A Drought of Perspective



Fall rainbow
Rainbow from my office window

I can’t say that I have ever cherished the sound of the rain as much as I have the last couple of days. Yesterday was nasty by all standards–a fine, cold drizzle just hard enough to get you thoroughly wet and certainly colder than the 45 degrees that my official vehicle indicator said it was.

But I loved it. I felt a little like C.S. Lewis who used to go out on days like that just to celebrate the foul weather for its own sake.

Normally I would have complained, of course, since complaining is one of those things for which I love to arrange words in particularly telling fashion. We bought our Christmas tree in the miserable drizzle and I hauled it out to the pickup and lugged it onto the bed, soaking my clothes and fairly freezing my unacclimated hands. And I had forgotten to wear a hat.

But I loved it. And I love the sound of it now in the dark night outside the window.

Don’t get me wrong. I’m not normally so positive about these things. But perspective has a way of shifting under special circumstances. And the circumstance that changed my perspective this time was the drought.

I’ve lived in the Northwest, where there were only five days of sunshine out of 80 days in the winter. That threatened to bring on a madness all its own. But thankfully we moved away, moved to the blessed South where the maxim of Ecclesiastes reigns supreme–to everything there is a season. It rains when it should. It’s hot when it should be hot. It’s cold, for a little while anyway, when the world turns on its axis and points furthest from the sun. And the leaves change and fall in the Autumn. The variety is a wonderful thing.

Normally. But we spent an almost rainless summer. The yard somehow managed bravely to retain some green, though in a somewhat embarrassed threadbare fashion. And the few little thunderstorms that tore through and vanished did very little to relieve the monotony.

But when it finally did really and truly rain, rain that hung around for more than an hour or two, rain that stripped the leaves and soaked the ground, it was wonderful.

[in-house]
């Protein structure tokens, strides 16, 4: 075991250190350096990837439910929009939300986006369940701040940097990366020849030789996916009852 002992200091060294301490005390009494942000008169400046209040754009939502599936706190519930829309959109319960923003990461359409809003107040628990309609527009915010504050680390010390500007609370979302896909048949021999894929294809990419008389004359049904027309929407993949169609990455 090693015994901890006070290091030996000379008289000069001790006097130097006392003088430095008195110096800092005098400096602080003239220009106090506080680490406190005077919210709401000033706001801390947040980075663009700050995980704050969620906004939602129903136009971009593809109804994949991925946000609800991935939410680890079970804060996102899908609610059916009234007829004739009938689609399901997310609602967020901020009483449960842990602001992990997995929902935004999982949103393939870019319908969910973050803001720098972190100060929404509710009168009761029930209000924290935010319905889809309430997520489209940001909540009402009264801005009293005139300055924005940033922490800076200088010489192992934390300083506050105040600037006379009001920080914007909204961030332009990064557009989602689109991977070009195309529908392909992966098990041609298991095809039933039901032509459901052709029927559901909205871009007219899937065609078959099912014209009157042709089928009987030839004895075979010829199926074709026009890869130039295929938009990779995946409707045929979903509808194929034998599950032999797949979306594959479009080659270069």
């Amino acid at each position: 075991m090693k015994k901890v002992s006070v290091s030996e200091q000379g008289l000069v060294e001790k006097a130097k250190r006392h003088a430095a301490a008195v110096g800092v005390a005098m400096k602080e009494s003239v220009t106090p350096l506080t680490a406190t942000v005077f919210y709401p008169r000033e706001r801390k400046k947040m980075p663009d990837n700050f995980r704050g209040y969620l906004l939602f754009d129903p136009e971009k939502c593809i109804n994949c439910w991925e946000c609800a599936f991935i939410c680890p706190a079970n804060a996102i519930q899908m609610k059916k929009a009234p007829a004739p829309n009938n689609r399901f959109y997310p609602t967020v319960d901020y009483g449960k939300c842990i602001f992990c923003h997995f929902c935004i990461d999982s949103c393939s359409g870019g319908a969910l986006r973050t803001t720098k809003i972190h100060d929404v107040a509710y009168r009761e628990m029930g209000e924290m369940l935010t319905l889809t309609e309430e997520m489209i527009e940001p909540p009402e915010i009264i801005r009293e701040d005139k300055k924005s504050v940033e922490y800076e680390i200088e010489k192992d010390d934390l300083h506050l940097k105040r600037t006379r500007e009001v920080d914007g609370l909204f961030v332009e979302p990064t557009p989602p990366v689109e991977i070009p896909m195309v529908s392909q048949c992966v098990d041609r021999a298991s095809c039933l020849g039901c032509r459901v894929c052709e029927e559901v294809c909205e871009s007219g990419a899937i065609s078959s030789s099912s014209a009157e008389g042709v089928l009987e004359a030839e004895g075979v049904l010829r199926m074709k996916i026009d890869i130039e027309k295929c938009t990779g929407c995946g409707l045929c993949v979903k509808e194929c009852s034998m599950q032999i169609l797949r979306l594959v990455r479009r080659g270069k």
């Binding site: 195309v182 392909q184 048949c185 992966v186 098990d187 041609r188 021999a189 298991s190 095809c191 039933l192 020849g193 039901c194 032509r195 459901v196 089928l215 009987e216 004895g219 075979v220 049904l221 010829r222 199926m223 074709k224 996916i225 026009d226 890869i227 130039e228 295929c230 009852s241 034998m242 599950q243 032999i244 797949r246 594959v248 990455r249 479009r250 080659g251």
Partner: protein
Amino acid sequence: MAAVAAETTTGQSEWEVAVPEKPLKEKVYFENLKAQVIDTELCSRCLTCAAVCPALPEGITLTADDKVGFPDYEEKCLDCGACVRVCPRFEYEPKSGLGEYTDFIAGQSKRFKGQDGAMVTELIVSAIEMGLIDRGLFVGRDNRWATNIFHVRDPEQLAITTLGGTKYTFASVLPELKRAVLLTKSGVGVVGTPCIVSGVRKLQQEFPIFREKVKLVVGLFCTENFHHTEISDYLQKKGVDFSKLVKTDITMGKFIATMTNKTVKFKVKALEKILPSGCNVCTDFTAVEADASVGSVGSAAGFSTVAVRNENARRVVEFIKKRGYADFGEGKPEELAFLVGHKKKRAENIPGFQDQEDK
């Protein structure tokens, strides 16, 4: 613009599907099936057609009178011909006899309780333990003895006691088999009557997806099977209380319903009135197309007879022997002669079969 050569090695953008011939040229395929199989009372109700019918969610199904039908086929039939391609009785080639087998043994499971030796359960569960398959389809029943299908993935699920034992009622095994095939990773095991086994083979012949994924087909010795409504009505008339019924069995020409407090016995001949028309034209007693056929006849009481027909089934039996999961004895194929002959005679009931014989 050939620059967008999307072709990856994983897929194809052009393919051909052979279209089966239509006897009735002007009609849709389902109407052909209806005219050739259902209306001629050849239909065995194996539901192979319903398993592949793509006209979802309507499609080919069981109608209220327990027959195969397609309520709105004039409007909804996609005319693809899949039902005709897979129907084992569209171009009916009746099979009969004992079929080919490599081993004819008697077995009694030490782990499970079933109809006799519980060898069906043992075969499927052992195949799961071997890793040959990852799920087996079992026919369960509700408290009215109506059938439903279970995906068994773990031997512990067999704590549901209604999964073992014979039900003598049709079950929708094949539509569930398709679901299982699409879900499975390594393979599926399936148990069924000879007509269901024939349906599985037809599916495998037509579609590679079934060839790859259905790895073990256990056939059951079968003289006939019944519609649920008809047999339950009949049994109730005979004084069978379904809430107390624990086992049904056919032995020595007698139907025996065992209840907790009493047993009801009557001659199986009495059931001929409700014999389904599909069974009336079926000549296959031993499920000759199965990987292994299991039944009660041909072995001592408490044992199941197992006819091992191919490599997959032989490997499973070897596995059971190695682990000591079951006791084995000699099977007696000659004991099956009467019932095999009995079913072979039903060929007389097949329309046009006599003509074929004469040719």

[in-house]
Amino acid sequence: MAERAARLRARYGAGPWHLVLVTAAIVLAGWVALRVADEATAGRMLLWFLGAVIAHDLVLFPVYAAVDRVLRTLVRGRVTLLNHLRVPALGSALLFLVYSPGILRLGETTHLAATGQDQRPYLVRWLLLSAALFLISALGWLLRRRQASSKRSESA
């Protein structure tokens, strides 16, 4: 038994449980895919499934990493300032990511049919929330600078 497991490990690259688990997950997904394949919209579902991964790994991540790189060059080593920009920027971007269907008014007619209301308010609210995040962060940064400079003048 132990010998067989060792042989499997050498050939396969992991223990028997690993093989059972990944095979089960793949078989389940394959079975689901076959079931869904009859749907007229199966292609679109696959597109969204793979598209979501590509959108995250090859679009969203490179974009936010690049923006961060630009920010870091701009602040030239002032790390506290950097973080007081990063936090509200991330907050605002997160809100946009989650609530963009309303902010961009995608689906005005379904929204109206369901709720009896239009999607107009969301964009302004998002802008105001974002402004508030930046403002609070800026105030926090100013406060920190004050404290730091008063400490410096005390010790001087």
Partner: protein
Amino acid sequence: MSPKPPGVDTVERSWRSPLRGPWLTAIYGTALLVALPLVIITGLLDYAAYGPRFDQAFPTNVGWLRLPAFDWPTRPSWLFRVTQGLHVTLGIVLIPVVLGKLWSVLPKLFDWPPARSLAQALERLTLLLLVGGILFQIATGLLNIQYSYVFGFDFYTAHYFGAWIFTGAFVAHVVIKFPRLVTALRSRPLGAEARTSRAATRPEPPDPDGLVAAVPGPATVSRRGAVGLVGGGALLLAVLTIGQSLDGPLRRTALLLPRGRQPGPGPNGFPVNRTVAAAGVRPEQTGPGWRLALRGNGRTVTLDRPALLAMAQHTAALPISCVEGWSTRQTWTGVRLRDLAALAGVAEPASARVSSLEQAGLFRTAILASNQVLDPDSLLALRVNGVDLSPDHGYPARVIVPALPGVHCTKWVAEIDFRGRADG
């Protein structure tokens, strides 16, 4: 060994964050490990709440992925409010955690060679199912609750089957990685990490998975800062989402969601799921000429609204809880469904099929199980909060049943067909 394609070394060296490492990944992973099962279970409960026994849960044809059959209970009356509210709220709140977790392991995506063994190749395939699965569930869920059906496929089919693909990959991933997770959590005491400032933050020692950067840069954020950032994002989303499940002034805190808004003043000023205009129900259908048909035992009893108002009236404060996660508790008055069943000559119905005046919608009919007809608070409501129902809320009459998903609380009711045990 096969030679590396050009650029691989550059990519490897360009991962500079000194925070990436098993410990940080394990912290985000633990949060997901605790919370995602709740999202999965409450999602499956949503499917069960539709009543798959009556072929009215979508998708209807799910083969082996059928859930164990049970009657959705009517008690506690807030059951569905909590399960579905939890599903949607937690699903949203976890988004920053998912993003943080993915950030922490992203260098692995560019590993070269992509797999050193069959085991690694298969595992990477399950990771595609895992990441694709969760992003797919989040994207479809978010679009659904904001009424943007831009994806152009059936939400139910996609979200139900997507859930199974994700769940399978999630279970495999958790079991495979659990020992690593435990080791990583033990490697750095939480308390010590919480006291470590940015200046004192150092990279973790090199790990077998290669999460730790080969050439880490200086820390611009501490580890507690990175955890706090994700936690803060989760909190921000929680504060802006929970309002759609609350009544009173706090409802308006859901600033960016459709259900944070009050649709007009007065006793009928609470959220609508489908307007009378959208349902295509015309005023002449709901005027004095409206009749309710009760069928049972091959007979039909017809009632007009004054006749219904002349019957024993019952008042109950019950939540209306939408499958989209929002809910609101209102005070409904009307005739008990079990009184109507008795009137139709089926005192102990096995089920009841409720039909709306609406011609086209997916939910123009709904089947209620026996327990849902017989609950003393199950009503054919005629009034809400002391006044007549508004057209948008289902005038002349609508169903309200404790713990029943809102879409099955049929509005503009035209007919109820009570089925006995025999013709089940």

This led me to wonder how much we operate from a Perspective of Plenty. That is, to what extent do I feel I have the right to want for nothing? When I get upset by the price of gasoline, when I reach for my favorite brand of granola bars at Wal-Mart only to discover they are fresh out, when I fret because it’s impossible to buy a Wii video game system, am I not operating from this Perspective of Plenty, this notion that I have a right to have everything I need and want in stock, on time, and at low cost?

These thoughts occurred to me around Thanksgiving time, which is now come and gone, but still appropriate. A Perspective of Plenty is not a thankful outlook. It presumes that I am deserving of things for which I made no special effort to be deserving, for which I built nothing and to which I contributed nothing. But I deserve them anyway.

I guess I should say here that we are staggeringly blessed, that we are fairly a-swim in blessings, that our lives, compared to the impoverished islanders of Papua New Guinea, are rich with goods and have need of nothing. And that would be a nice ribbon to tie to these thoughts.

But am I really better off, with my “deserved” Nikes, my Nissan, my Perrier, my I-Pod, my Dockers and my Portfolio than the Papuan who lives in a hut and barely subsists on fishing and farming? Is my life more blessed than that person’s just because I sit atop the civilized world, corrupt though it be, and read Time and Cosmo? Is it possible that the comparatively untroubled Guinea fisherman, hauling his catch in a basket and selling it at the local fish market is just as blessed?

Certainly the Enlightenment French thought so. Rousseau and Voltaire and others elevated the ideal of the noble, uncomplicated and simple being who lives in a harmonious tribe and amply satisfies simple wants. The telling irony, of course, is that while these angst-ridden socialites praised the virtues of the simple savage, they chose to remain firmly in the embrace of their own complex, perfumed and hypocrisy-friendly civilization. When it came down to it, they preferred their comparative state of blessedness to that of the utopian native.